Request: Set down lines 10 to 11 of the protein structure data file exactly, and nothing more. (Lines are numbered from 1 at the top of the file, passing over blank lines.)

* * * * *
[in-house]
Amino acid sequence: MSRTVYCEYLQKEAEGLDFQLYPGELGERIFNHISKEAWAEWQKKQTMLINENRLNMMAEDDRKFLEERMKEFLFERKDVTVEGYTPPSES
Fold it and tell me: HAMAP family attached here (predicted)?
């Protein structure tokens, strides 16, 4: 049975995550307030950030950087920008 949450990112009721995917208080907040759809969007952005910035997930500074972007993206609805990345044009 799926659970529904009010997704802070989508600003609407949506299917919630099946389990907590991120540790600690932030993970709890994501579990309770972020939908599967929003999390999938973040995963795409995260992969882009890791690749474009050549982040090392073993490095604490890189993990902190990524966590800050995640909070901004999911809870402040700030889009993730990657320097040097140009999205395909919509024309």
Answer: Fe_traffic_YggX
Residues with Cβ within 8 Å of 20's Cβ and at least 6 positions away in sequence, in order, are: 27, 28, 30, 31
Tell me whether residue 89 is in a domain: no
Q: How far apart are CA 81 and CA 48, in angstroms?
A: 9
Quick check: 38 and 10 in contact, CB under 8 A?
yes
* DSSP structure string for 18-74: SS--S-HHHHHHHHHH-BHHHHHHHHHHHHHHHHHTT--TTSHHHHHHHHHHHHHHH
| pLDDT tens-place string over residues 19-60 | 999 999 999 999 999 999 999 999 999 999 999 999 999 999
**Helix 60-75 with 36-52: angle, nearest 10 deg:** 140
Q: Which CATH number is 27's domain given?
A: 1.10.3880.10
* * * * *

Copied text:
Quick check: 38 and 10 in contact, CB under 8 A?
yes